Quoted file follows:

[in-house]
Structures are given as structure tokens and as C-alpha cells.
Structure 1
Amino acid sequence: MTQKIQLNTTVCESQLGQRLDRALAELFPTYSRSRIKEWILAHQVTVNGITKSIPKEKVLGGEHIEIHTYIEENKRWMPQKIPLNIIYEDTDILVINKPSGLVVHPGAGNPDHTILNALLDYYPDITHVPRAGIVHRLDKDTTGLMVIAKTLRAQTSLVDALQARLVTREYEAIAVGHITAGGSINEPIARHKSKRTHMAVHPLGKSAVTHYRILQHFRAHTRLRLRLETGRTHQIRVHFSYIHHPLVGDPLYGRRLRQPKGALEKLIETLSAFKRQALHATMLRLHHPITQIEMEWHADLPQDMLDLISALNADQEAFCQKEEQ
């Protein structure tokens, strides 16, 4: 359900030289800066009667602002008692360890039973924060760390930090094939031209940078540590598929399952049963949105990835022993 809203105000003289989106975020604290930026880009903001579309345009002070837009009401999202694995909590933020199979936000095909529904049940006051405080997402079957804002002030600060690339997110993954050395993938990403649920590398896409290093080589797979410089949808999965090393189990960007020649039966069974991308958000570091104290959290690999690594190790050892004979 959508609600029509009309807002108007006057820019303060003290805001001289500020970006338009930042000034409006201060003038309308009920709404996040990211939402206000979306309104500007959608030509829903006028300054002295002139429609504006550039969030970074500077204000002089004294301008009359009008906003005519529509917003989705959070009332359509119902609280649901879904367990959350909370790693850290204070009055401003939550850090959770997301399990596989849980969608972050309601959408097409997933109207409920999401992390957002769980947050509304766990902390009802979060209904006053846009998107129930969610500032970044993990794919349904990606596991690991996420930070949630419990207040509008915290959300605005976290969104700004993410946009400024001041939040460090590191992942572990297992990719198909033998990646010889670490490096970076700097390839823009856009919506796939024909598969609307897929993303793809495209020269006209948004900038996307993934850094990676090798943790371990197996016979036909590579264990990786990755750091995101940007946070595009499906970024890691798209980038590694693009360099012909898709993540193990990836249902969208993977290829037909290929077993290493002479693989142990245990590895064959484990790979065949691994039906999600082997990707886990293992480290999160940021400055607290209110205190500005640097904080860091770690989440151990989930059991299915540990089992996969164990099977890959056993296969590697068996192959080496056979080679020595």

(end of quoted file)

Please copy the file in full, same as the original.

[in-house]
Structures are given as structure tokens and as C-alpha cells.
Structure 1
Amino acid sequence: MTQKIQLNTTVCESQLGQRLDRALAELFPTYSRSRIKEWILAHQVTVNGITKSIPKEKVLGGEHIEIHTYIEENKRWMPQKIPLNIIYEDTDILVINKPSGLVVHPGAGNPDHTILNALLDYYPDITHVPRAGIVHRLDKDTTGLMVIAKTLRAQTSLVDALQARLVTREYEAIAVGHITAGGSINEPIARHKSKRTHMAVHPLGKSAVTHYRILQHFRAHTRLRLRLETGRTHQIRVHFSYIHHPLVGDPLYGRRLRQPKGALEKLIETLSAFKRQALHATMLRLHHPITQIEMEWHADLPQDMLDLISALNADQEAFCQKEEQ
């Protein structure tokens, strides 16, 4: 359900030289800066009667602002008692360890039973924060760390930090094939031209940078540590598929399952049963949105990835022993 809203105000003289989106975020604290930026880009903001579309345009002070837009009401999202694995909590933020199979936000095909529904049940006051405080997402079957804002002030600060690339997110993954050395993938990403649920590398896409290093080589797979410089949808999965090393189990960007020649039966069974991308958000570091104290959290690999690594190790050892004979 959508609600029509009309807002108007006057820019303060003290805001001289500020970006338009930042000034409006201060003038309308009920709404996040990211939402206000979306309104500007959608030509829903006028300054002295002139429609504006550039969030970074500077204000002089004294301008009359009008906003005519529509917003989705959070009332359509119902609280649901879904367990959350909370790693850290204070009055401003939550850090959770997301399990596989849980969608972050309601959408097409997933109207409920999401992390957002769980947050509304766990902390009802979060209904006053846009998107129930969610500032970044993990794919349904990606596991690991996420930070949630419990207040509008915290959300605005976290969104700004993410946009400024001041939040460090590191992942572990297992990719198909033998990646010889670490490096970076700097390839823009856009919506796939024909598969609307897929993303793809495209020269006209948004900038996307993934850094990676090798943790371990197996016979036909590579264990990786990755750091995101940007946070595009499906970024890691798209980038590694693009360099012909898709993540193990990836249902969208993977290829037909290929077993290493002479693989142990245990590895064959484990790979065949691994039906999600082997990707886990293992480290999160940021400055607290209110205190500005640097904080860091770690989440151990989930059991299915540990089992996969164990099977890959056993296969590697068996192959080496056979080679020595």